ENS4Care

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Evidence Based Guidelines for Nurses and Social Care Workers for the deployment of eHealth services

“Innovative, high quality, safe and cost-effective national healthcare systems are dependent upon policy-makers and stakeholders developing and implementing high-quality eHealth services.” (Sheikh et al., 2011)

Officially launched in December 2013, in Warsaw, in the context of the EU eHealth Action Plan, and coordinated by the EFN, this two-year EU project, funded by DG Connect and composed of 24 partners, from all over Europe, with a mix of professional associations in nursing and social care, nursing regulators and unions, informal carers, patients, researchers and research communities, civil society representatives and industry, this EFN EU project “ENS4Care” was aiming to share good nursing and social work practices in eHealth services and, through the evaluation and consensus building, create a set of guidelines focusing on: healthy lifestyle and prevention, early intervention and clinical practice, integrated care, skills development for advanced roles, and nurse ePrescribing; next to establish a sustainable mechanism to support nursing and social care research in the field of ICT enabled integrated care, and to create a sustainable and structured collaboration network, making key stakeholders able to promote innovation of nursing and social care services through the mutual sharing of good practices of telehealth and telecare services.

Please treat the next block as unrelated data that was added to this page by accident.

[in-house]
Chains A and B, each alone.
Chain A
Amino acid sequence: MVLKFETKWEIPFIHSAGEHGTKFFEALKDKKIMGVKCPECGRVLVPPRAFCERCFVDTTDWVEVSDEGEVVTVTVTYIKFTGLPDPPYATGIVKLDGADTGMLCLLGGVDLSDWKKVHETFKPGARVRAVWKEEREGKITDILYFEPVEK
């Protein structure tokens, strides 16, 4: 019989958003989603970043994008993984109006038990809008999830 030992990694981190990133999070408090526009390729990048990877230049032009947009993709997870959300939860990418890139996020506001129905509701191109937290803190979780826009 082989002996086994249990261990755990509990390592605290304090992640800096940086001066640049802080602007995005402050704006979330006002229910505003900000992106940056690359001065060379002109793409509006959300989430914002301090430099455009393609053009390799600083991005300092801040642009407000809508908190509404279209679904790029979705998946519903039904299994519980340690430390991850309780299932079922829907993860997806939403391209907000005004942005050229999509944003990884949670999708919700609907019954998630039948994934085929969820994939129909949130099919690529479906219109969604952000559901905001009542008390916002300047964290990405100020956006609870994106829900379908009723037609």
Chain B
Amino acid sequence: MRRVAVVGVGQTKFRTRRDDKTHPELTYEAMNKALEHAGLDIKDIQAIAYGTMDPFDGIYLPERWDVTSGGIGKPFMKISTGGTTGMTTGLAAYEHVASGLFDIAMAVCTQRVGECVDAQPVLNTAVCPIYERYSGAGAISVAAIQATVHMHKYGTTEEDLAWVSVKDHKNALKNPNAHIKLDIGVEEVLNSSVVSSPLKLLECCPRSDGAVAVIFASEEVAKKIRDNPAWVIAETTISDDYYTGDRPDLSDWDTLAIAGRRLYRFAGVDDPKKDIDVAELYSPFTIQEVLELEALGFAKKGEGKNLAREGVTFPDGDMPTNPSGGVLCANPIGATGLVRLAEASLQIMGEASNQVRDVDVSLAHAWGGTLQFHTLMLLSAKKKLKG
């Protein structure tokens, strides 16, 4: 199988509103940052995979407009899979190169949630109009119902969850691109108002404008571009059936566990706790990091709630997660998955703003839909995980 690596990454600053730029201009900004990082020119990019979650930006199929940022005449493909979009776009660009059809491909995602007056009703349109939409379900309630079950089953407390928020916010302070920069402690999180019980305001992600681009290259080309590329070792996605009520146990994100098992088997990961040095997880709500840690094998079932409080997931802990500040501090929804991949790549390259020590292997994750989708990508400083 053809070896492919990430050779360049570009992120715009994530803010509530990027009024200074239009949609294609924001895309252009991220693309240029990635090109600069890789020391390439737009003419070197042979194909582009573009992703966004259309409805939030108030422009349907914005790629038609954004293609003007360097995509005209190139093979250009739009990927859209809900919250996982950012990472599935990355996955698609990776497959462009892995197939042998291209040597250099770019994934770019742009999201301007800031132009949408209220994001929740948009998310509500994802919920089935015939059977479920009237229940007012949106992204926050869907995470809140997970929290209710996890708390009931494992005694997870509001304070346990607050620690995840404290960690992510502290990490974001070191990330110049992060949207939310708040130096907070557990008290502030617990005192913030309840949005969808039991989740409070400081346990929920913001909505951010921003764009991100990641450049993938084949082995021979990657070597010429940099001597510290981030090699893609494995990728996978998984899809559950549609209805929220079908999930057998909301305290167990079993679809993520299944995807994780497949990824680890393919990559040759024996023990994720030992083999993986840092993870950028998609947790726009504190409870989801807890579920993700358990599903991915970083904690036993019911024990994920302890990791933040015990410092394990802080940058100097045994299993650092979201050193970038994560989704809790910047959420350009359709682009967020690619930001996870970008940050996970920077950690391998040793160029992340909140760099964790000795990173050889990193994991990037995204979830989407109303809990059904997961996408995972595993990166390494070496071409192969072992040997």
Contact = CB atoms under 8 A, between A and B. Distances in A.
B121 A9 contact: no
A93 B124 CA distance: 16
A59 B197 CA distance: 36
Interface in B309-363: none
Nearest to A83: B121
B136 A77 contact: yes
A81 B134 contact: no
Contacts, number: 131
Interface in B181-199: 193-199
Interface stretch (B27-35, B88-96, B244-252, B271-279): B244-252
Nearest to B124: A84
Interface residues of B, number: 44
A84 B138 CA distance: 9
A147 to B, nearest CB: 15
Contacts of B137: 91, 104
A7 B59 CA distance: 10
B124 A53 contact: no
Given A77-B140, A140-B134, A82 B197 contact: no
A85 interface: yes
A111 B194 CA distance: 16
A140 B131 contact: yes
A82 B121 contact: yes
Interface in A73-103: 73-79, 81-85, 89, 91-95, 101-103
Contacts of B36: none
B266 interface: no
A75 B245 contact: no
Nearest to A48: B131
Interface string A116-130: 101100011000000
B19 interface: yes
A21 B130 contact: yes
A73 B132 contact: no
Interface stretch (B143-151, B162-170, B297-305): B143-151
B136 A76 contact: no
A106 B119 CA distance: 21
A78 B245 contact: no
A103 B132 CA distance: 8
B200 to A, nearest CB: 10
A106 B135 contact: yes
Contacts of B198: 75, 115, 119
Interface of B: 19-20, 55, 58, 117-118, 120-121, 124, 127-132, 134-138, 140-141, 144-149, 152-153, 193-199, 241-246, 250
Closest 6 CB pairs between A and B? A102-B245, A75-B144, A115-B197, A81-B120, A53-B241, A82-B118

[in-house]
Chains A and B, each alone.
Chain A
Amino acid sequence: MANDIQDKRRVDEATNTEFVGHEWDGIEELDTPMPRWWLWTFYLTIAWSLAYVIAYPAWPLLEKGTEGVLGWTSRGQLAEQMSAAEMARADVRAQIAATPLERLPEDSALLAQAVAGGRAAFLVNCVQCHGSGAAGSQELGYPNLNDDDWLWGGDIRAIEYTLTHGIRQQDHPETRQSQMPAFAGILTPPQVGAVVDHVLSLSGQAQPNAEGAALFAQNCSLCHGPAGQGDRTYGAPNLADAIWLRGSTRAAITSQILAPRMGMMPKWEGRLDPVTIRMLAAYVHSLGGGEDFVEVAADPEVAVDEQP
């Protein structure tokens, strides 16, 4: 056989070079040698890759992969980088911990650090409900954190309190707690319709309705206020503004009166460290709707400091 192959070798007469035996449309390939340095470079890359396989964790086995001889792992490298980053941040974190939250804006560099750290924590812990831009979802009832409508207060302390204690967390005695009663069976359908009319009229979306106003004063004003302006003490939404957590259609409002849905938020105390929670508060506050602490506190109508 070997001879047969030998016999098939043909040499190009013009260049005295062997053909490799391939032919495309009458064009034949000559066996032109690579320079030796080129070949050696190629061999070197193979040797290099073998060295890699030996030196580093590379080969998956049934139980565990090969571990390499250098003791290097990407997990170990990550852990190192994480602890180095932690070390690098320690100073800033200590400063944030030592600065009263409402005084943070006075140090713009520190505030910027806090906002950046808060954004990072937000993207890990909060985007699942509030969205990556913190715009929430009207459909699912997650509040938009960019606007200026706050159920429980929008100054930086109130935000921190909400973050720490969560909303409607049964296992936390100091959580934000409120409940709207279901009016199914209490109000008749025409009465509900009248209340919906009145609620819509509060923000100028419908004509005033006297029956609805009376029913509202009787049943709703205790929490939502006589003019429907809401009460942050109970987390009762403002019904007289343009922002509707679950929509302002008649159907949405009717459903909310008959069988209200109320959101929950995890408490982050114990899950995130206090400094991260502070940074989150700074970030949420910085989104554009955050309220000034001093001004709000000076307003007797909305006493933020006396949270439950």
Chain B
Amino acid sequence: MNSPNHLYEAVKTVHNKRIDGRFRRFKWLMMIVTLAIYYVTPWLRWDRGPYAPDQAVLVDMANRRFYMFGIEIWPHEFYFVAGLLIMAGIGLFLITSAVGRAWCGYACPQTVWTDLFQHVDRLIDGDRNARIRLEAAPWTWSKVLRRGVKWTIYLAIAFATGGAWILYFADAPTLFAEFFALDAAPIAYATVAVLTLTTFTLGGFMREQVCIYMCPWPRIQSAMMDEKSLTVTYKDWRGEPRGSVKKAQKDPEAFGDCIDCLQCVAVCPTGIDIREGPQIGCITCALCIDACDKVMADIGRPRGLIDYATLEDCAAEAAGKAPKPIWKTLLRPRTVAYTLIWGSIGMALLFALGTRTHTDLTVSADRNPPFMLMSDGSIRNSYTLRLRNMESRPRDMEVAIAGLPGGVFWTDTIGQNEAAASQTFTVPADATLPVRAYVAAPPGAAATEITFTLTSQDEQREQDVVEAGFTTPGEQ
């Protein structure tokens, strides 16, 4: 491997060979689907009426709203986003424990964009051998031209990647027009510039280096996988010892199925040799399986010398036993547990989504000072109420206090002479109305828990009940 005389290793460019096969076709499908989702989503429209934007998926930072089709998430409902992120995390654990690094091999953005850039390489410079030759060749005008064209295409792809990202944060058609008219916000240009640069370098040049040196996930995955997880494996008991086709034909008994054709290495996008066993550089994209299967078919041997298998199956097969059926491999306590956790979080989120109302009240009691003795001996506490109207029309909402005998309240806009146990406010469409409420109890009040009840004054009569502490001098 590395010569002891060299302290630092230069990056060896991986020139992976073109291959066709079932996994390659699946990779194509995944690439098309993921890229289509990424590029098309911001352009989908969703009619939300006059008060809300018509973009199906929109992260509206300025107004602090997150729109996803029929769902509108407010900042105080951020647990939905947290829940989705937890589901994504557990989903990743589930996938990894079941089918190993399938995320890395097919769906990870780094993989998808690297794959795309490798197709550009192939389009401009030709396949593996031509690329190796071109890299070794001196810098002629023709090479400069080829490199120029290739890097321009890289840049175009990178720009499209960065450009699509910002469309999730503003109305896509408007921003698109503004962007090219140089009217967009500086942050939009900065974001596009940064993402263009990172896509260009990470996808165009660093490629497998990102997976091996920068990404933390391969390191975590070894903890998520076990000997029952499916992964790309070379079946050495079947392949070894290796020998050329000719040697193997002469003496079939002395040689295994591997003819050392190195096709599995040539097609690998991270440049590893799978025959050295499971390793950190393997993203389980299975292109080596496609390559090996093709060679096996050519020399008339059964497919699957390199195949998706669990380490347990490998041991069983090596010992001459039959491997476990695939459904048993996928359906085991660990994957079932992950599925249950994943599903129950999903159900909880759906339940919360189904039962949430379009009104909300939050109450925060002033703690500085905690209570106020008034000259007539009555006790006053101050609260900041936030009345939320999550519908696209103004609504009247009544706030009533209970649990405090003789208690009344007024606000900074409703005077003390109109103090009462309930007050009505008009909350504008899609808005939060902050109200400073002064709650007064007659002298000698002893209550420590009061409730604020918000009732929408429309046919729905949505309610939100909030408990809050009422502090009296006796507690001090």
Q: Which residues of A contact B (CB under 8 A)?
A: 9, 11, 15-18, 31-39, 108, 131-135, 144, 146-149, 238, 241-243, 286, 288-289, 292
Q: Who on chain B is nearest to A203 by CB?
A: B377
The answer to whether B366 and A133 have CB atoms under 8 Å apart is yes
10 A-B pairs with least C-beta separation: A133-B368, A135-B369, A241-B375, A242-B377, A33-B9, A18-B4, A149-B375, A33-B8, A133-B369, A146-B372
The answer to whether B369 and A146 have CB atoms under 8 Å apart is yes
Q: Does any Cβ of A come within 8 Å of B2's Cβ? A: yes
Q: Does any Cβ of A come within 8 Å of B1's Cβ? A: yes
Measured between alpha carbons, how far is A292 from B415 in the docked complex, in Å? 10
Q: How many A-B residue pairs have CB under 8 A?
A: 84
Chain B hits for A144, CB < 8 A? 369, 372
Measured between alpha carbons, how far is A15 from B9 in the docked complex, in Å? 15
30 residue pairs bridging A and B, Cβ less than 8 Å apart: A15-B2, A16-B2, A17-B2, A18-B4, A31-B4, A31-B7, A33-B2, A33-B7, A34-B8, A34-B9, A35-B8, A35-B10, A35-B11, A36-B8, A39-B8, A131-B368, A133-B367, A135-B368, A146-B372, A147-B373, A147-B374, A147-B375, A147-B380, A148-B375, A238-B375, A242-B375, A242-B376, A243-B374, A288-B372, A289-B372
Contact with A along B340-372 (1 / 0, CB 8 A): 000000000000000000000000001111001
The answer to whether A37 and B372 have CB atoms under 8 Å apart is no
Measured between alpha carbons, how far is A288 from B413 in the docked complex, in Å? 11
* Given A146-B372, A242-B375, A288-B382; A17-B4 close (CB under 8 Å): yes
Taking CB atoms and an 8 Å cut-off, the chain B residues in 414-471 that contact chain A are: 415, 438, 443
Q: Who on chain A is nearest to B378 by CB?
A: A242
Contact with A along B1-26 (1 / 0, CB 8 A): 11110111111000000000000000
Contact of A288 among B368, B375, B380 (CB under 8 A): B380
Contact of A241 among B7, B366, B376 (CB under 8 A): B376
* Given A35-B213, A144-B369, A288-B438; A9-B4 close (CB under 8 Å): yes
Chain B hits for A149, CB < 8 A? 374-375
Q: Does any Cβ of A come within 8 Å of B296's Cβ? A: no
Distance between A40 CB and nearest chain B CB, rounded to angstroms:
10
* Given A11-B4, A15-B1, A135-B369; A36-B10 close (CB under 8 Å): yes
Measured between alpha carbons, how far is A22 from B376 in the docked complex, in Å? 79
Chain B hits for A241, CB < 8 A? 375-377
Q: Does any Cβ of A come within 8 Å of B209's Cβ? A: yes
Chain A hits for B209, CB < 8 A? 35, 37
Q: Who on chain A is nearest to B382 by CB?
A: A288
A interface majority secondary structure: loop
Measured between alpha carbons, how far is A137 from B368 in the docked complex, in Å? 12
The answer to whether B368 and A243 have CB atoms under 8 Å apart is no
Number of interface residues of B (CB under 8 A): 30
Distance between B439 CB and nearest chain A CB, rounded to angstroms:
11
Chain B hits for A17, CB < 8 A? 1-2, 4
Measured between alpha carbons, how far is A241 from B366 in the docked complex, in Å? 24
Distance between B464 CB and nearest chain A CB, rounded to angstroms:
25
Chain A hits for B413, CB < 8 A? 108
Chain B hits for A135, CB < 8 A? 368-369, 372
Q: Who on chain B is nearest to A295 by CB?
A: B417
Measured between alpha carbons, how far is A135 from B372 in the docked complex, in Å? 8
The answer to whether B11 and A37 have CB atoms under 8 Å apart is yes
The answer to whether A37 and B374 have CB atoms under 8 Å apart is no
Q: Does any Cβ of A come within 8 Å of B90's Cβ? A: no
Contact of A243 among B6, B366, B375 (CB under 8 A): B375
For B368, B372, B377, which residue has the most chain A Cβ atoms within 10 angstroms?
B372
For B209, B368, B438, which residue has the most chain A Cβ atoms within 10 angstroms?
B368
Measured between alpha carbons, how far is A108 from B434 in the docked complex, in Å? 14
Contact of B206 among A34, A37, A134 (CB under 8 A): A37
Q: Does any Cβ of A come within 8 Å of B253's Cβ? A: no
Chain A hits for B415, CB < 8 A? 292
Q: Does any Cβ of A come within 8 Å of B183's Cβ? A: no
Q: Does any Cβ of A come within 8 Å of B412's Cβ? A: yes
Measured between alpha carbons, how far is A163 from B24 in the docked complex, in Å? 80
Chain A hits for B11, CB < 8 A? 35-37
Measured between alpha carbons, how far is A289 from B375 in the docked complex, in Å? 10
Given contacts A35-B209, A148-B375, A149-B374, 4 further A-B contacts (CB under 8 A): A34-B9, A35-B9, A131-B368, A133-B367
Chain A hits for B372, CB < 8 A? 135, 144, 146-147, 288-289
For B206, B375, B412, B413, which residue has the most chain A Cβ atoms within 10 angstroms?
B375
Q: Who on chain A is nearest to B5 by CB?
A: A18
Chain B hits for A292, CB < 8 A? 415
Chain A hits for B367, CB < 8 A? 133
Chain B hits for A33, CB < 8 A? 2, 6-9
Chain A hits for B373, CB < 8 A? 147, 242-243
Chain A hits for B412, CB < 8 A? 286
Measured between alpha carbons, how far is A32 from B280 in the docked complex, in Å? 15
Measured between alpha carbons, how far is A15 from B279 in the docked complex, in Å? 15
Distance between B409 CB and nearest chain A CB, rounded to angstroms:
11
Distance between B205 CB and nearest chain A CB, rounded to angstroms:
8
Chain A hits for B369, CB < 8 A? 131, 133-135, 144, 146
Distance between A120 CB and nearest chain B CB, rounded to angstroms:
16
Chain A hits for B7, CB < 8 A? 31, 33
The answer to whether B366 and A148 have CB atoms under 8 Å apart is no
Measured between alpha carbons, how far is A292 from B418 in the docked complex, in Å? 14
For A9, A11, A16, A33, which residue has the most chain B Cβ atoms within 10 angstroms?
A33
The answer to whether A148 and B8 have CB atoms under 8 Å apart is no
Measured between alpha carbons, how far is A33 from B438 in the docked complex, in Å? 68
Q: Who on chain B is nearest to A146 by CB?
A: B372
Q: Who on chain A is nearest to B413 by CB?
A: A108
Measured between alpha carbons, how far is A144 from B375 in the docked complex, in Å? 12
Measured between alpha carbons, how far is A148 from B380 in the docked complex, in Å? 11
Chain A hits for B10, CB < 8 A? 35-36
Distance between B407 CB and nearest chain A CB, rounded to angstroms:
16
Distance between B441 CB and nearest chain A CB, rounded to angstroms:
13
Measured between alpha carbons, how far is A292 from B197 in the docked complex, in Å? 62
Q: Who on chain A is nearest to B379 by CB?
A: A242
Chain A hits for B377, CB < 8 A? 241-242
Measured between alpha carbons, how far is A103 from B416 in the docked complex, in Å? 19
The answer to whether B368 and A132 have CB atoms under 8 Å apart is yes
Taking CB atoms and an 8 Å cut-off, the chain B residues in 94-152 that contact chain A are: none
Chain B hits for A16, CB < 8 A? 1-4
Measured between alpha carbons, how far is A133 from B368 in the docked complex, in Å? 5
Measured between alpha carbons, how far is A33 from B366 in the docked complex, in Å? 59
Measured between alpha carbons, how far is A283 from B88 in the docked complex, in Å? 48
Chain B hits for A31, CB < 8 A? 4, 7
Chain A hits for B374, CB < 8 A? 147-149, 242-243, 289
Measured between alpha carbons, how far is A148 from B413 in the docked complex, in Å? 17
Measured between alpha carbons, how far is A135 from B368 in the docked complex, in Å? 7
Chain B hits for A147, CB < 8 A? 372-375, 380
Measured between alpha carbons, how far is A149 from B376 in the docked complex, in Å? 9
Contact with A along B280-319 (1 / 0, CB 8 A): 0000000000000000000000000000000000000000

Best practices collected
Drawn from a total of 122 existing good practices collected in 2014 from the field and the daily practice, at national and regional levels, developed by nurses and social workers and including the use of eHealth tools for the benefit of the patient, these five Guidelines (prevention, clinical practice, advanced roles, integrated care and nurse ePrescribing), are aiming to inform the policy-makers in order to help them in the decisional process concerning healthcare systems, eHealth policies and delivery of care across the EU; inform nurses and social workers on the implementation steps of eHealth services; and promote a culture of evaluation of any service innovation.

1/ ICT enabled Health Coaching in Prevention (WP2)
ENS4Care supported the exchange of information and experiences among different partners and provided an overview of the range/type of eHealth services being used for prevention, in order to extract knowledge on the use of eHealth applications as tools to enhance healthy lifestyles that would boost prevention in healthcare from a life circle approach. There is evidence showing how to strengthen the role of nursing in the reshaping of the healthcare systems that, with the right knowledge, skills and opportunities, nurses and social care workers are uniquely placed to act as a health coach and to help prevent Non-Communicable Diseases (NCDs), by supporting healthy lifestyle. The guidelines are therefore looking into how nurses and social care workers could use eHealth services and technologies to boost prevention in healthcare.

2/ ICT enabled Integrated Care: Clinical Practice (WP3)